It depends but in this instance, the residential rental property will be considered fully depreciated after 27.5 year. Therefore you will not have any additional depreciation expense (unless you have made capital improvements that are still eligible for depreciation (see below).
According to the IRS, You must stop depreciating property when the total of your yearly depreciation deductions equals your cost or other basis of your property. For this purpose, your yearly depreciation deductions include any depreciation that you were allowed to claim, even if you did not claim it. See Basis of Depreciable Property .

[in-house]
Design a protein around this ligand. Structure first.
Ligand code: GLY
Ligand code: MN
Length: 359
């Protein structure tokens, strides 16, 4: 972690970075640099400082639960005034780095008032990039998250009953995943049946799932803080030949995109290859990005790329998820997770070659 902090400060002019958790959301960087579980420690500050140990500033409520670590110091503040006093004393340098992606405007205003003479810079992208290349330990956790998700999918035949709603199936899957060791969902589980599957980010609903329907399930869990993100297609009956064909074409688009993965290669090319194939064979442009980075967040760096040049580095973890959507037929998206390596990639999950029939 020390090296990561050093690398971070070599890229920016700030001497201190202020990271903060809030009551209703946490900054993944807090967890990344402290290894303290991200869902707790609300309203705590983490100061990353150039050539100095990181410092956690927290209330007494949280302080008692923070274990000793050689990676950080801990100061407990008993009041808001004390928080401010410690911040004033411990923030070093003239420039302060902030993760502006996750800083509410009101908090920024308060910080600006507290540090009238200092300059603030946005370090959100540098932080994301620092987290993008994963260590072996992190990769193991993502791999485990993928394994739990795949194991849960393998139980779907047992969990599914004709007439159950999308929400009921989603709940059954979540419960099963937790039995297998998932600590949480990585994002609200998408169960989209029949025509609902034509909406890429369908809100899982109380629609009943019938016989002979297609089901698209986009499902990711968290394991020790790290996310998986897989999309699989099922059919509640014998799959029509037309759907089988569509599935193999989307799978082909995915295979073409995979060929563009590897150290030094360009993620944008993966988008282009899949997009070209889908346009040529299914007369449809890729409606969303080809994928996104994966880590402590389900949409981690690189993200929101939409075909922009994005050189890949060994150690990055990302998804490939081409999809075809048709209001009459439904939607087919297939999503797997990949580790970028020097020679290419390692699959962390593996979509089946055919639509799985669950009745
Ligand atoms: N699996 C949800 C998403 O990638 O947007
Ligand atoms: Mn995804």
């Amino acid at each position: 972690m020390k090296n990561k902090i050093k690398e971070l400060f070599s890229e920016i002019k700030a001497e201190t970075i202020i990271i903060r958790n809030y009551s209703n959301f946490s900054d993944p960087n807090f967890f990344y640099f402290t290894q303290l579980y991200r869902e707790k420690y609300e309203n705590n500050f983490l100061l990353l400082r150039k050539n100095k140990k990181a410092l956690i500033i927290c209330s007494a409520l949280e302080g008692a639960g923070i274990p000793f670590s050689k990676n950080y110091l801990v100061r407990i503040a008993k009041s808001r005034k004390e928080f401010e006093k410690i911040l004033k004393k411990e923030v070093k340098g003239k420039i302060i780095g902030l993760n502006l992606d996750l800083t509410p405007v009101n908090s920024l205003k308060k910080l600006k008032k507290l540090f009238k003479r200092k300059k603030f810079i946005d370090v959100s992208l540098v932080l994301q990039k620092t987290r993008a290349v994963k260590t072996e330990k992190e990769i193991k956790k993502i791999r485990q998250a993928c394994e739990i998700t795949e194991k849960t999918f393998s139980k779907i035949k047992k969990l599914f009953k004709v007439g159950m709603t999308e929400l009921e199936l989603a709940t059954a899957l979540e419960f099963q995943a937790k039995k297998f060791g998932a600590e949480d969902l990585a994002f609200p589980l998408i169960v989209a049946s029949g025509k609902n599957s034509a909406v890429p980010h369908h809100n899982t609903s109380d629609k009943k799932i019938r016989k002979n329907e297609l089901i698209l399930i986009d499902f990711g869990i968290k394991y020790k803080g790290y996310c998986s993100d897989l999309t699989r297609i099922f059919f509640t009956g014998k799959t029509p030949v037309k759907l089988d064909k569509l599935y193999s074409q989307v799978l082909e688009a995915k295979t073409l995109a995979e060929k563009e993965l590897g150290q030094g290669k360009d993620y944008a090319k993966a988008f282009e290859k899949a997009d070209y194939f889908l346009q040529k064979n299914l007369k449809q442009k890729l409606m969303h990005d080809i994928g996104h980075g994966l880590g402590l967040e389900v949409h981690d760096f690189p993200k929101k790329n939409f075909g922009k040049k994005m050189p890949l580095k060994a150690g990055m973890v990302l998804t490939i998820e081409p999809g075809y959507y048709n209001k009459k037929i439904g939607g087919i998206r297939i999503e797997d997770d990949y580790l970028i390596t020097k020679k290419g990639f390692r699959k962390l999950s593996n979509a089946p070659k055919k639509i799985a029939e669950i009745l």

Capital Improvements - Treat additions or improvements you make to your depreciable rental property as separate property items for depreciation purposes. For example, You own a residential rental house that you have been renting since 1986 and depreciating under ACRS. You built an addition onto the house and placed it in service in 2016. You must use MACRS for the addition. Under GDS, the addition is depreciated as residential rental property over 27.5 years